Your Business Isn’t Immune from Cyberattack

By Andy Kriege, YSN

This week’s cyberattack on the largest fuel pipeline in the U.S. has shown that ransomware can pose a critical risk to national infrastructure.

But many owners of small- to medium-sized businesses like yours often falsely believe that their company is too small for hackers to target. Nothing could be further from the truth, as approximately 28 percent of all cyberattacks involve a small business.

The pipeline is now just getting back online but has affected the lives of millions of people on the East Coast and caused the rest of the country to sit up and take note of this ever increasing and menacing threat. Cases like Colonial Pipeline demonstrate how important it is for all businesses in all sectors, including yours, to focus on not only preventing attacks but also ensuring that you are able to recover from one should your best efforts to protect yourself fail.  

Cyberattacks aren’t limited to large targets like Colonial Pipeline.

Cyber criminals encrypt the contents of the victim’s computers, making them unusable until a payment is made, at which point the hackers promise to give the victims a decryption key to regain access. Victims often pay all or part of the ransom because they have no backup copies of the infected systems or because the cost and effort required to restore their systems is prohibitive.

While precise data on cyberattacks are often difficult to come by, security experts and cybersecurity officials have estimated the overall toll on the U.S. economy registers in the billions annually. Plus, the relatively recent invention of cryptocurrency has made ransom demands easier to facilitate and nearly impossible to track.

And independent appliance dealers are clearly not immune. Two years ago, The New England Appliance & Electronics Group (NEAEG), a BrandSource affiliate, suffered the ravages of a cyberattack. The group’s servers were breached via a phishing attack that nearly crippled the movement of millions of dollars in consumer goods through their warehouse. The cascading effect could have had a devastating impact on the group’s members had NEAEG not reacted quickly. The group was forced to conduct business entirely via manual systems, and afterward had to go back and re-input massive volumes of data. It took a full three months to return the operation to normal.

NEAEG’s Brian Bowen: “Don’t be the next victim.”

NEAEG’s COO, Brian Bowen, could not emphasize enough the importance of education and preparedness. “I thought we were doing everything we needed to do, and it still wasn’t enough,” he recounted. “We now do a ton of education with our employees and also have enlisted the services of a company that probes our systems and staff constantly.”

In addition, “We have adopted a number of procedures including multiple backups, and software that monitors network traffic to help protect us in the future,” Bowen said. “This attack cost us an untold amount of time, money and grief. Don’t be the next victim if you can help it.”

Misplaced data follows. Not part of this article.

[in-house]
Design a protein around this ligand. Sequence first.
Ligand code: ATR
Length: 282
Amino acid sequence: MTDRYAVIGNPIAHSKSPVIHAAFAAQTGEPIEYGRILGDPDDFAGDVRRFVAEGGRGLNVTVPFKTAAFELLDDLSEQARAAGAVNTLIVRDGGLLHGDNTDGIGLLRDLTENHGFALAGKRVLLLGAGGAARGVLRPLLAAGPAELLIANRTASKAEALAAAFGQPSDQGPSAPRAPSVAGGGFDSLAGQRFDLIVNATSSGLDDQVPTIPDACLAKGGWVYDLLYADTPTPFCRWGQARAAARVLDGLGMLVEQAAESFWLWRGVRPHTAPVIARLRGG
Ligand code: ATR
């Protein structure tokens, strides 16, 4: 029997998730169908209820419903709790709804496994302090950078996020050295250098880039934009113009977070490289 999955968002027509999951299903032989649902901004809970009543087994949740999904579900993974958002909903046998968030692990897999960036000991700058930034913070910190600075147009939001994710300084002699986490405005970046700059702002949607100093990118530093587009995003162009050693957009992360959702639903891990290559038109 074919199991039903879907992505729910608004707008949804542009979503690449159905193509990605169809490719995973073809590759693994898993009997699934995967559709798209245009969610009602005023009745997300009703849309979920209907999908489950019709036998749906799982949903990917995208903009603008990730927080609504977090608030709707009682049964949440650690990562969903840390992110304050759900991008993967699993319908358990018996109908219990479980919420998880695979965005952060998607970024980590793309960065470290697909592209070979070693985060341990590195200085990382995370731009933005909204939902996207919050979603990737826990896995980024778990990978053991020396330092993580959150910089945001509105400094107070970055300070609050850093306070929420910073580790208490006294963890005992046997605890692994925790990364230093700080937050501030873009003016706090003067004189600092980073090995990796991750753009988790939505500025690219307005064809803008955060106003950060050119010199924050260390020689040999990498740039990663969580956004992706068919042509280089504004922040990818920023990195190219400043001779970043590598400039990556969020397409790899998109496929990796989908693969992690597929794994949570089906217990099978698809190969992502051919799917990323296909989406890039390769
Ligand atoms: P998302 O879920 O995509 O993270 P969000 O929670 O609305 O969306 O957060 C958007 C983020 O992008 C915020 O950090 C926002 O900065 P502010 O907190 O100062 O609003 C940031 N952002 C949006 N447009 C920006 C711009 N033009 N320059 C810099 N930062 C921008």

Related: BrandSource Leading the Pack in Data Protection

Educate Yourself

One of the first things you must do to protect your business is to educate yourself on the ways attacks most commonly occur. While there are many methods and means of attack, the two most common forms small businesses are vulnerable to are malware and phishing.

Malware, or hacking, is extremely common and something that every business needs to be aware of. It includes all types of malicious software, such as worms, viruses, ransomware and spyware.

Like malware, a phishing attack may target you or your employees. It consists of fraudulent communication that looks like it was sent by a reputable source. These types of attacks are usually orchestrated via email.

See: A Bad Day of Phishing

Implement a Training Program for Employees

Employees are one of the most exploited vulnerabilities of your business. The right cyber defenses are dependent on ensuring your workforce is vigilant and fully trained on what to do to prevent an attack, and now is a good time to implement a program that teaches them how to protect their devices.

Consider the following when setting up your defenses and training your staff:

• Determine all your vulnerabilities
• Install a firewall for network protection
• Use strong passwords
• Protect and regularly back-up all data
• Use a VPN (virtual private network)
• Increase e-mail security
• Activate spam filters
• Keep your software up to date
• Secure your business Wi-Fi network
• Protect payment processors and keep them up to date

Protect Your Data as if Your Livelihood Depends on It. Because it Does.

Protecting your business’s data is an absolute necessity. Remember, all data is valuable, which means it is up to you to take steps to protect all the data you have. Do whatever is within your means to put the proper safeguards in place to best ensure your company data is never compromised.

While it’s easier said than done, reducing your risk from an attack is a responsibility that must be shared by everyone who has access to your company. It calls for increased general awareness by all users; beefing up security measures; and, most critically, having the right response plan in place.

The pipeline attack is a stark reminder of how connected our world is now, and how vulnerable all of us are. It is crucial to have a plan to educate yourself about your vulnerabilities, maintain proper backups, and be able to quickly take your systems offline and restore them later should you unfortunately become the next victim.

BrandSource, a unit of YSN publisher AVB Inc., is a nationwide buying group for independent appliance, furniture, mattress and CE dealers.

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